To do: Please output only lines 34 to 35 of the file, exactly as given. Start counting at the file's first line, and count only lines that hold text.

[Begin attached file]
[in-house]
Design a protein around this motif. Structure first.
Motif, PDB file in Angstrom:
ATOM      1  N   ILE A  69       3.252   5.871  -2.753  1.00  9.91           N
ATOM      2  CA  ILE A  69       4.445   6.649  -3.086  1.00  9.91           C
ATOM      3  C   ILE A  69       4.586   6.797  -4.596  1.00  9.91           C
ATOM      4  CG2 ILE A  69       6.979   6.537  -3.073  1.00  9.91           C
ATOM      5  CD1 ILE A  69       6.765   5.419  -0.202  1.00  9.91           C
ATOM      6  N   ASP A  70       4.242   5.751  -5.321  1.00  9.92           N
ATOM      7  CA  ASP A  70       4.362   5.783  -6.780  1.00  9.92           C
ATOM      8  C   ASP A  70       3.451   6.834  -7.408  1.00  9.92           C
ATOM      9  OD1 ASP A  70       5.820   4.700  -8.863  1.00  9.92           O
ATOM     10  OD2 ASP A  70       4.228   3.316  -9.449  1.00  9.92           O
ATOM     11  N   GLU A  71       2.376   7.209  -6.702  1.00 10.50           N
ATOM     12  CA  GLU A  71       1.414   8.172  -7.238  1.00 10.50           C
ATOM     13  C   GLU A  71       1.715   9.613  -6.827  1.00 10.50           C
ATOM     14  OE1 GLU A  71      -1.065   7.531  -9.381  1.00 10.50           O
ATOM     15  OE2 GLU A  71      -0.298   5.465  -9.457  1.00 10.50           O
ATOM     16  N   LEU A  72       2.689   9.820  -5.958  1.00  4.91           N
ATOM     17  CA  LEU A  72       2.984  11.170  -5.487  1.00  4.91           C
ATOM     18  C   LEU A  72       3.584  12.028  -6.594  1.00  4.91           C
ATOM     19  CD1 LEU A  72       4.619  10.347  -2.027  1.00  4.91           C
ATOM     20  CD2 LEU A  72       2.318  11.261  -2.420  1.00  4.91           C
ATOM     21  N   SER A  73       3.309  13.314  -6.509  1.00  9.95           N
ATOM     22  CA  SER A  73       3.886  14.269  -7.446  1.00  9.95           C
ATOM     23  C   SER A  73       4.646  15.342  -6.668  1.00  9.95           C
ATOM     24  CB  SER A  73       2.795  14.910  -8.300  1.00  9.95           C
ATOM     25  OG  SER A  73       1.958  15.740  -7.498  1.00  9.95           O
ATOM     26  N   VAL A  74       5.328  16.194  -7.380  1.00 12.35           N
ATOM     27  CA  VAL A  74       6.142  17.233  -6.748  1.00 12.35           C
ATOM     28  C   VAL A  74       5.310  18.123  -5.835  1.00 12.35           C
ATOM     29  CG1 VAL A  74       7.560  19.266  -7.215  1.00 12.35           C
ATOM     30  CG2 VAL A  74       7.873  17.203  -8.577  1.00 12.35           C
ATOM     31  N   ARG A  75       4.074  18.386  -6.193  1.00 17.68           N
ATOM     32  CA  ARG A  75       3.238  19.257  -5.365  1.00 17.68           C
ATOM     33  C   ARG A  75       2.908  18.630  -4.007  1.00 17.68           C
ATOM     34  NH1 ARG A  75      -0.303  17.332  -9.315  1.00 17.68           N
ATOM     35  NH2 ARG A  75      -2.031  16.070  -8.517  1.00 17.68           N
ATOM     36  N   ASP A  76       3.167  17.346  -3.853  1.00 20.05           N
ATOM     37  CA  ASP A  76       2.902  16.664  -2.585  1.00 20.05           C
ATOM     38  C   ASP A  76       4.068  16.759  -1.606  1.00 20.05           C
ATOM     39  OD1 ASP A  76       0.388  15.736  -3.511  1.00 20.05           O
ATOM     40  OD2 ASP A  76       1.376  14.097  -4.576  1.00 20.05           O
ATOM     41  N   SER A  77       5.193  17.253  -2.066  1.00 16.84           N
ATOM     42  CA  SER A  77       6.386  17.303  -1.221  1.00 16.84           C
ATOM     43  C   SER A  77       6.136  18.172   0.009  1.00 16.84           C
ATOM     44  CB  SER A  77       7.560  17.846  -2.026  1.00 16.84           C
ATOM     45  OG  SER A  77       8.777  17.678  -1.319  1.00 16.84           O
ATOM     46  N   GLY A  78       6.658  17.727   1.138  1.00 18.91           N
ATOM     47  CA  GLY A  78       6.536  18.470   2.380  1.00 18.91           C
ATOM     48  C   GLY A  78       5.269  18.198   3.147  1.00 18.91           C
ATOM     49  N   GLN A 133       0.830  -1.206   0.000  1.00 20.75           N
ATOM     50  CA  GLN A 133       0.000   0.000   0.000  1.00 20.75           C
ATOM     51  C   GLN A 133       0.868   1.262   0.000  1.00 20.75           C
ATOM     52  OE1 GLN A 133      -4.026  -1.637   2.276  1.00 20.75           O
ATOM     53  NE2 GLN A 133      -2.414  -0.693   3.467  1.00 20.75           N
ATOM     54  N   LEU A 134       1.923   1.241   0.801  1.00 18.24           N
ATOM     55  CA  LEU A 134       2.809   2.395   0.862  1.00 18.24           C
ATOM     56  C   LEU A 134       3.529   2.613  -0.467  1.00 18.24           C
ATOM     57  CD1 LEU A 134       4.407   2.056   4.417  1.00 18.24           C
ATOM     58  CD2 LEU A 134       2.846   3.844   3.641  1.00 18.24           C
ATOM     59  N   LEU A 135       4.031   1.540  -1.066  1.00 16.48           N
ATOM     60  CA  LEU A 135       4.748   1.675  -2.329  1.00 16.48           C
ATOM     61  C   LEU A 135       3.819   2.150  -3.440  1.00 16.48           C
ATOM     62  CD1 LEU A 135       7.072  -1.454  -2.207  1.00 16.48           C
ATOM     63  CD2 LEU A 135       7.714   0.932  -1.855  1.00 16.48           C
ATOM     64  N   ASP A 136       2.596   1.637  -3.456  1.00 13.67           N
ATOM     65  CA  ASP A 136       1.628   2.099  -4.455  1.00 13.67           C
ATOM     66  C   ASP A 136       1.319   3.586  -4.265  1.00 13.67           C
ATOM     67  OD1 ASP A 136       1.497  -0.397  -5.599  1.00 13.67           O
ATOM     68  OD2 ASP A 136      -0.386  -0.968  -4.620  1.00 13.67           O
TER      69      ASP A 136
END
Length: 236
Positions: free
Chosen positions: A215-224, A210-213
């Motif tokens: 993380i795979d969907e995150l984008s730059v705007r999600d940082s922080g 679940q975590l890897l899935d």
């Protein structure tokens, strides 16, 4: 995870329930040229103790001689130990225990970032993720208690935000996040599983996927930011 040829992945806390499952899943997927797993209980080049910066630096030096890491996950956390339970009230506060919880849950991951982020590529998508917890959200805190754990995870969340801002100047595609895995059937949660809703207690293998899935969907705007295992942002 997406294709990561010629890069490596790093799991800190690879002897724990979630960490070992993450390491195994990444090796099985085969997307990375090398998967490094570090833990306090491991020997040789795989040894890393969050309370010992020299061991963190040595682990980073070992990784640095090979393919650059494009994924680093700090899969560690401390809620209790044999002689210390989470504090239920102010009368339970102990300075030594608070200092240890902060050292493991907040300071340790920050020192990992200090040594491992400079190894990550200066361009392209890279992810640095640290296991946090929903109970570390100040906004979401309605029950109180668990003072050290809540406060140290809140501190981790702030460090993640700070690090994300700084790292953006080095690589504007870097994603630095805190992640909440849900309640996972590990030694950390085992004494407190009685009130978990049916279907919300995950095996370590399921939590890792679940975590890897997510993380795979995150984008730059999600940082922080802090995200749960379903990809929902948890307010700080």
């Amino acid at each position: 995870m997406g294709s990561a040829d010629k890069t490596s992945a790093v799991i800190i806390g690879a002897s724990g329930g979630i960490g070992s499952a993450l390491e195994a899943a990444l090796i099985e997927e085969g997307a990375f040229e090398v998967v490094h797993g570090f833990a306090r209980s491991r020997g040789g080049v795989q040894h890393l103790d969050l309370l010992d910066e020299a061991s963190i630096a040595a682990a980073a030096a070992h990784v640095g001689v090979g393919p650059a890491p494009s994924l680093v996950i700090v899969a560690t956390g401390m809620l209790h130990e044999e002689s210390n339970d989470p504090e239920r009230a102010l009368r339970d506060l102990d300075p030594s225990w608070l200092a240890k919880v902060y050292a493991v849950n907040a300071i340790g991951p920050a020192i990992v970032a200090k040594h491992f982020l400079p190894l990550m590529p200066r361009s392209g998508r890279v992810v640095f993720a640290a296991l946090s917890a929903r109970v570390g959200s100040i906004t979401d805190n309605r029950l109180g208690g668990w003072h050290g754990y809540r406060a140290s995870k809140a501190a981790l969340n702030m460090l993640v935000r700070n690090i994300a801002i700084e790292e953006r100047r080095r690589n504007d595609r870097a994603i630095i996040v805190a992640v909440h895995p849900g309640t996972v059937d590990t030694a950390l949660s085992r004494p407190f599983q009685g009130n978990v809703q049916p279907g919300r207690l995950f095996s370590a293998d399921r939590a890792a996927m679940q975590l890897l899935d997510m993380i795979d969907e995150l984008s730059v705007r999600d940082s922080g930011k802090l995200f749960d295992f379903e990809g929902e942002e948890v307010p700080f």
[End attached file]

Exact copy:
ATOM     31  N   ARG A  75       4.074  18.386  -6.193  1.00 17.68           N
ATOM     32  CA  ARG A  75       3.238  19.257  -5.365  1.00 17.68           C